Researchers with the Georgia Tech Research Institute’s (GTRI) Agricultural Technology Research Program continue to add modules to their Poultry System Simulation Model. The system-of-systems model for poultry processing simulates plant water usage, wastewater content, and energy consumption to help processors pinpoint areas for production improvements.
“The Poultry System Simulation Model is designed as a fully customizable tool that poultry processors can use to evaluate production-related needs that are specific to a particular plant and link them with existing solutions,” explains Olga Kemenova, GTRI research engineer and project director.
Nicknamed PRYSSM by the research team, the model’s interrelated modules afford poultry processing plant managers the opportunity to evaluate alternatives to current practices that could potentially result in water quality improvements or reductions in water use at poultry plants, actionable cost benefit analyses of wastewater treatment options, and accurate estimations of power consumption.
How PRYSSM’s Modules Work
Water & Wastewater Modules
The water and wastewater modules work together seamlessly. The water module uses monthly bird production rates and live bird weights as input parameters to simulate water usage in processes such as stunning, scalding, plucking, chilling, and general sewer discharge. The wastewater module is designed to operate based on outputs of the water model and calculates contaminants concentrations in wastewater flow such as total suspended solids (TSS); biochemical oxygen demand (BOD); fats, oil, and grease (FOG); total kjeldahl nitrogen (TKN); and phosphorus.
Researchers recently validated the water and wastewater modules at a local poultry processing plant. Preliminary results confirmed PRYSSM’s predictive capabilities, with outputs on par with the plant’s typically measured contaminants levels.
“We were pleased to discover that our model performed as intended, and that industry sees it as a useful tool for estimating production and quality outputs,” says Kemenova.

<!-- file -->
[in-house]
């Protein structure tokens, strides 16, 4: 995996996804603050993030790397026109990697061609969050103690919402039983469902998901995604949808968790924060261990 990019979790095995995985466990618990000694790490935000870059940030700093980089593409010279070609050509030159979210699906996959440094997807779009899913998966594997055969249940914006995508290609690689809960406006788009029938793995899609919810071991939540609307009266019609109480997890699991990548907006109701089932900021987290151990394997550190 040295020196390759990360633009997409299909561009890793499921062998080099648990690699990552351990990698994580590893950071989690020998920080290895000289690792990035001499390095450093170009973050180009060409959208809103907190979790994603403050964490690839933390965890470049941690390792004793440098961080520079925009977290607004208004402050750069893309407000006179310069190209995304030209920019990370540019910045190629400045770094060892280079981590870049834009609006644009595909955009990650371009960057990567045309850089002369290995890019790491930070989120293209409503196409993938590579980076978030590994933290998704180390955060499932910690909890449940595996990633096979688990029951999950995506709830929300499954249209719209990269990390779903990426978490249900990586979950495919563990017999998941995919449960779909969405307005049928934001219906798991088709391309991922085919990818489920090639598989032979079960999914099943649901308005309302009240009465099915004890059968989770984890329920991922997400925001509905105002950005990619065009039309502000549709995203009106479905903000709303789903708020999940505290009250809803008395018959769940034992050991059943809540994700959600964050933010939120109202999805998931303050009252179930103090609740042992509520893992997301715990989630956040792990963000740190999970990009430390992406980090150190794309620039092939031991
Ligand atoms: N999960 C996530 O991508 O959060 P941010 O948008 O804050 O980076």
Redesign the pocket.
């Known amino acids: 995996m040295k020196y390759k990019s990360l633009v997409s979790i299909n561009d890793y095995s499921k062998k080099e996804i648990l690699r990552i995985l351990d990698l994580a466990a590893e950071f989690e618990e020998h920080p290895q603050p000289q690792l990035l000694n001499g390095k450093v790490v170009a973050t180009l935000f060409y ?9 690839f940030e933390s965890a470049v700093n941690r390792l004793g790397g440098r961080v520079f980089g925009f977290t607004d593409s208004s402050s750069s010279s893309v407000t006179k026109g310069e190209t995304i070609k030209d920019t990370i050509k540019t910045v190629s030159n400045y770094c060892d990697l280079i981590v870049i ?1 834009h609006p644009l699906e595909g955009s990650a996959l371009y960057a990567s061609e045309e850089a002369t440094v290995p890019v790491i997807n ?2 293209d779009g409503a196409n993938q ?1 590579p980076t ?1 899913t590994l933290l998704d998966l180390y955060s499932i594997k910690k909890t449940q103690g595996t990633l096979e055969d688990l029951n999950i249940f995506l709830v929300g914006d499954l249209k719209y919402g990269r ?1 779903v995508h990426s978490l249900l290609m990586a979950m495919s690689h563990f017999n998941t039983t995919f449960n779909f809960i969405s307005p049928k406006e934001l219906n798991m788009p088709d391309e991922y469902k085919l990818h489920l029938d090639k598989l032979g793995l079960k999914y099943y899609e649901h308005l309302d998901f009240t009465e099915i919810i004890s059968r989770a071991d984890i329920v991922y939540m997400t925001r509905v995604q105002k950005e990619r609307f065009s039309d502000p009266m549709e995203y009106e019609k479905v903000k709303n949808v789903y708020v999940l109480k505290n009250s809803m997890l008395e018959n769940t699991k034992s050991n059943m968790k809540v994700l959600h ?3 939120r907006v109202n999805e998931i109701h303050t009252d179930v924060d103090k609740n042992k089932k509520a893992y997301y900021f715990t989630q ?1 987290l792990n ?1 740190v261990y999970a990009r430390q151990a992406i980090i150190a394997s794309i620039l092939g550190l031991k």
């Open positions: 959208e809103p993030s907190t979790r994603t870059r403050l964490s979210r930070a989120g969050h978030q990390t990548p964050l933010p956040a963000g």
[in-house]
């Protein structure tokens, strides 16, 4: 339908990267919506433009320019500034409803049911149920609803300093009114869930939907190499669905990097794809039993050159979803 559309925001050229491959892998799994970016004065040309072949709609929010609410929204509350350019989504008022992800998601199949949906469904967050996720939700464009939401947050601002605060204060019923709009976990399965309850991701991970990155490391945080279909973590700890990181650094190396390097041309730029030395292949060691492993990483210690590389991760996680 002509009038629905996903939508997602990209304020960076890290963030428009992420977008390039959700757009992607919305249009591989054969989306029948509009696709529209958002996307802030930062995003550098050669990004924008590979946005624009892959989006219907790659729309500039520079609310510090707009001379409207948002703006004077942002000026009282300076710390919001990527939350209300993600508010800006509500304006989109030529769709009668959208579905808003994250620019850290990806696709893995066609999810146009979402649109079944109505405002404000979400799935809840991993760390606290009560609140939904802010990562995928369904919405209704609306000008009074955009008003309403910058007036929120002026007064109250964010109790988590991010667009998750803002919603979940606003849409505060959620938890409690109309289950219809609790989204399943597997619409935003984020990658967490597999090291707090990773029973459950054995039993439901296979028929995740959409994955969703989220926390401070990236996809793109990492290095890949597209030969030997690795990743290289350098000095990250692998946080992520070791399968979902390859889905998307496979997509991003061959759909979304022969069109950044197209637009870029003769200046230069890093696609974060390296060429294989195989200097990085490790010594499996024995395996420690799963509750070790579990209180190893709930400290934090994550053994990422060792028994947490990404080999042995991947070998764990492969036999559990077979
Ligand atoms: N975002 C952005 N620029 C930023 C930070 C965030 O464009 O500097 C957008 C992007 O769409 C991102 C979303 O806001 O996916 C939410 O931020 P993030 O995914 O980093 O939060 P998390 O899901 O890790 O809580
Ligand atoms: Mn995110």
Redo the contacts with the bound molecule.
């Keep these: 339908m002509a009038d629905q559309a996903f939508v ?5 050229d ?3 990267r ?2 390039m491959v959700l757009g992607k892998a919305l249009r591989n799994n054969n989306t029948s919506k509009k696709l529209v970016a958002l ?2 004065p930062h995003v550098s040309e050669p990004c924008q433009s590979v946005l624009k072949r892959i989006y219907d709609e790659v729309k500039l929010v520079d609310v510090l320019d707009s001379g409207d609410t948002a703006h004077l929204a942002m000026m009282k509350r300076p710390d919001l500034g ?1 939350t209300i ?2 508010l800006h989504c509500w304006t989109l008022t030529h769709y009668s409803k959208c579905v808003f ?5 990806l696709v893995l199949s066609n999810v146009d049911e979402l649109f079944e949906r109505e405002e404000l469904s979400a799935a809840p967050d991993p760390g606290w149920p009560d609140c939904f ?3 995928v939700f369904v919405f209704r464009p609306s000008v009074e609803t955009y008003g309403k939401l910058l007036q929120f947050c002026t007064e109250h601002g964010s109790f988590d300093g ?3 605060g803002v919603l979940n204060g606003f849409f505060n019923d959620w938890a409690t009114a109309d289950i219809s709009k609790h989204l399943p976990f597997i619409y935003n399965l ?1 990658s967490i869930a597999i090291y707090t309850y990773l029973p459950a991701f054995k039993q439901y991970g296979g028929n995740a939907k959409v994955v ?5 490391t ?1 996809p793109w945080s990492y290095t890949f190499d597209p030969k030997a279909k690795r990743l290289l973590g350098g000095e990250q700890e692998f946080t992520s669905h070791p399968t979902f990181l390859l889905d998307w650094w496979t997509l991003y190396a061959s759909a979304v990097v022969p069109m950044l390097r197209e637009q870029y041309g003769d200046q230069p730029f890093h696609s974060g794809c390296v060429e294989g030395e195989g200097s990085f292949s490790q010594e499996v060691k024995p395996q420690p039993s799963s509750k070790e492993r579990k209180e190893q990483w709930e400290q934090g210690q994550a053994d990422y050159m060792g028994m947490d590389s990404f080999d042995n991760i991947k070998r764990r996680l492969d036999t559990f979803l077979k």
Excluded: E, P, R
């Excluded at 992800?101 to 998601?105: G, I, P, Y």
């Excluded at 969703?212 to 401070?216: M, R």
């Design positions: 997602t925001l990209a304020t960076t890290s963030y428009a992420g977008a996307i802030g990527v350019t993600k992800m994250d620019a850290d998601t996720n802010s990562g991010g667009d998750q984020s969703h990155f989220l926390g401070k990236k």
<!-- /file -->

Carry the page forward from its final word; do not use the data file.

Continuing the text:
The energy module simulates power consumption associated with pumping, filtering, heating, and cooling water inside the plant as well as wastewater treatment operations. Inputs that are currently varied include water flow for each process, number of chickens processed, and wastewater components included in the treatment process. Based on those inputs, energy consumption is calculated for each process. The outputs of the module can be represented in several different forms such as charts and data tables.
Plant managers can use the energy module to evaluate current power consumption, compare it with industry best practices, identify operations that are falling behind industry standards, and develop strategies for improvements.
The team is currently working on adding a labor module to PRYSSM that will simulate labor requirements to pinpoint areas for better allocation. But, explains Kemenova, the module will go beyond a simple assessment of how many workers of a particular type should be employed. It will also include economic analyses associated with changes in workforce composition if plant managers decide to change current practices in favor of new technologies and automation.
In addition, researchers are also characterizing water samples to determine wastewater composition at different stages of processing and treatment operations.
“Knowing wastewater composition at different stages of processing and at each stage of treatment will allow for better identification and evaluation of water reuse options and allow for better placement of new treatment technologies,” says Kemenova.
PRYSSM’s high level of customization allows plant managers to evaluate design modifications in the production and water treatment processes before committing to actual building contracts and expenditures.
Kemenova says the team will continue to enhance PRYSSM, with interest in adding modules to simulate additional processes that are not well understood but still important to industry like water recirculation.